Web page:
Should they stay or should they go? That's the question school officials are debating in the Prior Lake-Savage district amid complaints from Prior Lake High School students and parents that new federal school lunch guidelines don't provide enough calories to meet active students' needs.

Janeen Peterson, the district's director of food services, presented the school's options at a recent school board meeting, with a board decision expected in April or May.

One solution is to keep the National School Lunch Program, which would mean losing the federal funding attached to participation. The school currently receives $992 per day in reimbursement from state and federal sources, including $810 for students who qualify for free and reduced-price lunches. The district could then implement a two-year pilot program, said spokeswoman Kristi Mussman.

Finances are one important consideration, but the district will lose money whether it remains a part of the program or not, Mussman said.

Those guidelines are part of the Healthy Hunger-Free Kids Act, federal legislation passed in 2010. This year, the government added to previous guidelines, restricting the total calories, fat and sodium content of foods served for lunch. There is also an emphasis on whole grains and a requirement to take one fruit or vegetable.

"What it will really come down to is what students, parents and staff would like to see in a lunch program at PLHS," Mussman said. The district will send out a survey in late March to determine what students, parents and staff want.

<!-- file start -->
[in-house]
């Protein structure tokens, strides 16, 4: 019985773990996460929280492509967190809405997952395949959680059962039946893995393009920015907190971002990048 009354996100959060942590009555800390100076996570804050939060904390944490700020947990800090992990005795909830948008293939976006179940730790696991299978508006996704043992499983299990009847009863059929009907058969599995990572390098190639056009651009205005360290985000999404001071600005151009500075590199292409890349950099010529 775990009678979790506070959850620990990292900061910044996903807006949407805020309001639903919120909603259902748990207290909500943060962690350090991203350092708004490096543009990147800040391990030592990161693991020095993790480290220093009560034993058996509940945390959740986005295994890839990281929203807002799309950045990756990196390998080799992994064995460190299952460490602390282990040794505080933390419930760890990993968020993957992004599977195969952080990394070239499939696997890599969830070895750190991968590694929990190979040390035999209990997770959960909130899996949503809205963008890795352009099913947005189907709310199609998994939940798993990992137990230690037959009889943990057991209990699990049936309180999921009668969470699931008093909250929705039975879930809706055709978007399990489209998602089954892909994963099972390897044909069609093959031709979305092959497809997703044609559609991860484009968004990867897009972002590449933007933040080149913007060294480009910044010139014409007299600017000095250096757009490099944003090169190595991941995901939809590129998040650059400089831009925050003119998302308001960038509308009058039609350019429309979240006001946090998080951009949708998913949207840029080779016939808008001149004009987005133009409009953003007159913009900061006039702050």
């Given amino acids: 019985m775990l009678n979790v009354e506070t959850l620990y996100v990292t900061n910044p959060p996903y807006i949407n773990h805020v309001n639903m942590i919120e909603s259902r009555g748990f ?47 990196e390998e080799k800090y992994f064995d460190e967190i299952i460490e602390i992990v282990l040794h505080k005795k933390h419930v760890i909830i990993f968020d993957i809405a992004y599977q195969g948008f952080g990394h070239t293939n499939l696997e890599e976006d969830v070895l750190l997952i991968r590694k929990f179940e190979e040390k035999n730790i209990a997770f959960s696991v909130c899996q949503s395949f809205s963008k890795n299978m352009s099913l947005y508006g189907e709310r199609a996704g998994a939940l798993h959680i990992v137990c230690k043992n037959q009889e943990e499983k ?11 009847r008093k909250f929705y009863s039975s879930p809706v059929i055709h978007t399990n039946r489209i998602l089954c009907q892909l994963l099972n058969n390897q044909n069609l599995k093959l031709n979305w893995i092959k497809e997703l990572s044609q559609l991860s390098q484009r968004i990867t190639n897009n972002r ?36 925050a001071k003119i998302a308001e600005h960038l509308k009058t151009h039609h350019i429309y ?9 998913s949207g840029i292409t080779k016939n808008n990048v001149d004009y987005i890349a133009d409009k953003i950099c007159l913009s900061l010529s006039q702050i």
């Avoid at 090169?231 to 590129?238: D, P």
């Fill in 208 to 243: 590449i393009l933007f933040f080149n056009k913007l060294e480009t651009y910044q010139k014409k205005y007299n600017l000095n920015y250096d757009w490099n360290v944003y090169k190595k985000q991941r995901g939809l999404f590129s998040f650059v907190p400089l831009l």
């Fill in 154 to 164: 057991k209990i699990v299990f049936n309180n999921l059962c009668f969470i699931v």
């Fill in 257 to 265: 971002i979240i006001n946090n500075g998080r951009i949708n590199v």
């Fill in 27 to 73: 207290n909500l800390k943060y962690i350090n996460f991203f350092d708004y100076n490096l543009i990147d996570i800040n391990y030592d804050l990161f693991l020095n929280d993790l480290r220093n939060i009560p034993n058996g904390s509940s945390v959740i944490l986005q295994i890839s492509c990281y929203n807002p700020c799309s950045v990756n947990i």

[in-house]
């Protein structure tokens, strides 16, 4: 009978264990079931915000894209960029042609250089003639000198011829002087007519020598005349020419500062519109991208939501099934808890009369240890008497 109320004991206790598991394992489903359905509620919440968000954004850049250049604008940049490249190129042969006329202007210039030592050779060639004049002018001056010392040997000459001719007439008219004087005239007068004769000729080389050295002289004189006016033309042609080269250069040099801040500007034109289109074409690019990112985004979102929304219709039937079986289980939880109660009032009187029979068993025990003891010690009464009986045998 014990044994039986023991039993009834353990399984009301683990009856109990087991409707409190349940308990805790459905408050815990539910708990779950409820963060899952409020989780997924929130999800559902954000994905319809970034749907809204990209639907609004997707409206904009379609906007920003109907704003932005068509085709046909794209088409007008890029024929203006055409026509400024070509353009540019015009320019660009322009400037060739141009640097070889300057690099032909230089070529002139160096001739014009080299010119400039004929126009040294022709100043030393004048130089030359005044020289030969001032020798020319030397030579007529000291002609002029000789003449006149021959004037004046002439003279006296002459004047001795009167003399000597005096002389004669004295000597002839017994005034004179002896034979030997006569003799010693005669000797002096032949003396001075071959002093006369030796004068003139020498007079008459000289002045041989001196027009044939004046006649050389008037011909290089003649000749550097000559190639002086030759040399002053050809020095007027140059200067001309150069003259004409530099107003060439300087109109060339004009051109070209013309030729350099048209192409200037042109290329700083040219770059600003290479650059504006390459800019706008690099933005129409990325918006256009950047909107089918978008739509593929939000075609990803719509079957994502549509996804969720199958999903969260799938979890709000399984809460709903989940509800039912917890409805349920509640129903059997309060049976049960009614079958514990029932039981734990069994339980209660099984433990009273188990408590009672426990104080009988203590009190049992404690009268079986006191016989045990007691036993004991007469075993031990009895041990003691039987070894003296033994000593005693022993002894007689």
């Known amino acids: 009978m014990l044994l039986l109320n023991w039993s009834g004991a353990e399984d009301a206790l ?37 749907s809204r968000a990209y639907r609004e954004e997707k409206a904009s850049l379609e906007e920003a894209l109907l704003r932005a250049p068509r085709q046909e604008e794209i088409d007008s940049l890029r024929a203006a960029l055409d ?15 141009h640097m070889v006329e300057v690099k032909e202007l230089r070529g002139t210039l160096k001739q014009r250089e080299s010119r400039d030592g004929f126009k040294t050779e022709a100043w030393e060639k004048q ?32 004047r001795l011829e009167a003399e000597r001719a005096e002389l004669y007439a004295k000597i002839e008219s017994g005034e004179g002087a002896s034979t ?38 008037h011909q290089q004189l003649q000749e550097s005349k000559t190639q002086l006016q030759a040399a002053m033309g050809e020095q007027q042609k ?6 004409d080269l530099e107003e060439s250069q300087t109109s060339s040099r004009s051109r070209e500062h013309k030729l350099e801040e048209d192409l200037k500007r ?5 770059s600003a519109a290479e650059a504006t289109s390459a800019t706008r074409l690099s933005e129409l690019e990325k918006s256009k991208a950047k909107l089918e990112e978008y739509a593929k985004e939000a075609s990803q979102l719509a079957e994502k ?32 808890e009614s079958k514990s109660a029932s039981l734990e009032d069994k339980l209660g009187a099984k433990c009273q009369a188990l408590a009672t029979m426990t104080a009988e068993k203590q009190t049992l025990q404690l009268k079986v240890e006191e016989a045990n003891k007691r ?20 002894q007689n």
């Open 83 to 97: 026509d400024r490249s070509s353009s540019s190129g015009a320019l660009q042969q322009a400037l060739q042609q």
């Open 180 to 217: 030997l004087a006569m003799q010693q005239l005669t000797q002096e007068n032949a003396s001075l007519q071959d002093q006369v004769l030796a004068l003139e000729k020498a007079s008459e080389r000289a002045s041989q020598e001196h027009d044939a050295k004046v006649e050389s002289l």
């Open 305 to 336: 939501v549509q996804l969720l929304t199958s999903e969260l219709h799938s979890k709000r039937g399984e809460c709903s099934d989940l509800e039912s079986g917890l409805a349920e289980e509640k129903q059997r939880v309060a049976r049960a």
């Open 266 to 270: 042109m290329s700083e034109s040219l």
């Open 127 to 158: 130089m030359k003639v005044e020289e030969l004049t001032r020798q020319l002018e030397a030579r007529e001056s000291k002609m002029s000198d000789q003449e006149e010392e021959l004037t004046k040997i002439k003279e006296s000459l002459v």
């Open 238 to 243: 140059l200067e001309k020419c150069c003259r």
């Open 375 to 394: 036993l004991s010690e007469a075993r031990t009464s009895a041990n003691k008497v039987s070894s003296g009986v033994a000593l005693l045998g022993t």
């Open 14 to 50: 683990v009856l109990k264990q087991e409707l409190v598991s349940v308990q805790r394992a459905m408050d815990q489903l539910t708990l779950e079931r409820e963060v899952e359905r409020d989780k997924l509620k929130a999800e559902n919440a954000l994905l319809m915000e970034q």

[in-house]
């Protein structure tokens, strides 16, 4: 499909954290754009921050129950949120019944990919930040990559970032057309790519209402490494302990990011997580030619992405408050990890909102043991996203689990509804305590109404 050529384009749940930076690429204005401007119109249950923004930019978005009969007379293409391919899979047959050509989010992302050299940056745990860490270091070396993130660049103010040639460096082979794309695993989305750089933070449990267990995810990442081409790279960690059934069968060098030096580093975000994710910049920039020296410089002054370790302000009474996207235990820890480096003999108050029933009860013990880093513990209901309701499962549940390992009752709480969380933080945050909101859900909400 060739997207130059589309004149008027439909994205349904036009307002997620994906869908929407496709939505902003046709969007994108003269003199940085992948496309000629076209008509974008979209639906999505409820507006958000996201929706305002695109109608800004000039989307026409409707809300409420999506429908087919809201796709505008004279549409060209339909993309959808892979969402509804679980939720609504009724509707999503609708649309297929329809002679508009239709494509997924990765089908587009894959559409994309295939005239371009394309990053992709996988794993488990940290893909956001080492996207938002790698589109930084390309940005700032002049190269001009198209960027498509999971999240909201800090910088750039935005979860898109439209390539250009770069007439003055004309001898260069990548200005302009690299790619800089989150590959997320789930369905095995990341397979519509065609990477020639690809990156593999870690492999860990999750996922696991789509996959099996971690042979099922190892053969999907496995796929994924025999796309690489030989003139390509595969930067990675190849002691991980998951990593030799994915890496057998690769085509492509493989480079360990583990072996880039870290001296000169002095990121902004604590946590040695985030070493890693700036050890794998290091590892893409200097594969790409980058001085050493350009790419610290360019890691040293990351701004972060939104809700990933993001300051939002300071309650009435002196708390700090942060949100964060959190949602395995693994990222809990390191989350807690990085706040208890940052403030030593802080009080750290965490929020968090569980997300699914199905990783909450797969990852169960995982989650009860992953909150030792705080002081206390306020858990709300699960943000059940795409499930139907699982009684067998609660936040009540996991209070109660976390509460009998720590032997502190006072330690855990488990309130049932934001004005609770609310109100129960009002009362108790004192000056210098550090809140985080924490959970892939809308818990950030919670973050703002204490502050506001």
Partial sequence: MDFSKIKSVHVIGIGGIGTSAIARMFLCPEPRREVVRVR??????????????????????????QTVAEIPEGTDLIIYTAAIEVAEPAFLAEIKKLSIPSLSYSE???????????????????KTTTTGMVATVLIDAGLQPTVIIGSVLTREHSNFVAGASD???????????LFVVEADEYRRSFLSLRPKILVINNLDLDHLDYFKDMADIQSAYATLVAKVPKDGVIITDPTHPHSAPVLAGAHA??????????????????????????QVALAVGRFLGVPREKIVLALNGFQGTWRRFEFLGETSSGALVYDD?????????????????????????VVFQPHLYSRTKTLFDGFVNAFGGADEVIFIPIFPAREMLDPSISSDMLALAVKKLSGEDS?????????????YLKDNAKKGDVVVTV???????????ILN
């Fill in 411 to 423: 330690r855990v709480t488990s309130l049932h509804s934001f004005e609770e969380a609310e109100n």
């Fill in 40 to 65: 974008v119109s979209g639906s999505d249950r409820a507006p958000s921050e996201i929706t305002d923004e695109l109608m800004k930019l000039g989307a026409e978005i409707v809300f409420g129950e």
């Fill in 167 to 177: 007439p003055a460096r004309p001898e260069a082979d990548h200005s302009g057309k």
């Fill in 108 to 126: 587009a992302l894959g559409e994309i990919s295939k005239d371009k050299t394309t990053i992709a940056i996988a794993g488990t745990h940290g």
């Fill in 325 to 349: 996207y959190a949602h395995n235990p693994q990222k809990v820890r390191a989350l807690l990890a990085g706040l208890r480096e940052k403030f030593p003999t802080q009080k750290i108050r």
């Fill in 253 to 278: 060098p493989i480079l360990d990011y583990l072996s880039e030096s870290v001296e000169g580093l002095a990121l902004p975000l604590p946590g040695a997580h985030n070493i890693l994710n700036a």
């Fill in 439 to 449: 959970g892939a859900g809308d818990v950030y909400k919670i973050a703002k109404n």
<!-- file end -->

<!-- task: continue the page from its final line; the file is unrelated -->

Last fall, Wayzata High School also opted out of the federal program, citing similar concerns with portion size, calorie content and overall satisfaction.

Erin Adler


Some school start times might change

Start times will remain the same for elementary schools in Minneapolis next school year, but changes are possible at middle and high schools.

Minneapolis Public Schools announced the results of its parents survey late last week, saying parents overwhelmingly prefer start times between 8 and 8:30 a.m., and dismissal times between 2:30 and 3 p.m.

School start times in Minneapolis vary widely, from 7:30 a.m. to 10:15 a.m.

"Although start and dismissal times will remain the same for elementary schools, we are still considering making changes for middle and/or high schools in order to lengthen the school day and offer students more academic options," officials said on the district's website.

More than 8,000 parents, students and staff members responded to the district's start time survey.

Alejandra Matos

Eden prairie

Legacy nominations deadline approaching

Nominations for the Legacy Awards are due March 23 in the Eden Prairie School District. The awards honor individuals who have made significant contributions to the district.

Awards are made for Teacher of the Year, Staff Employee of the Year, Alumnus of the Year, Volunteer of the Year and Student of the Year. Nomination forms are available at each school site and at Winners will be honored May 6.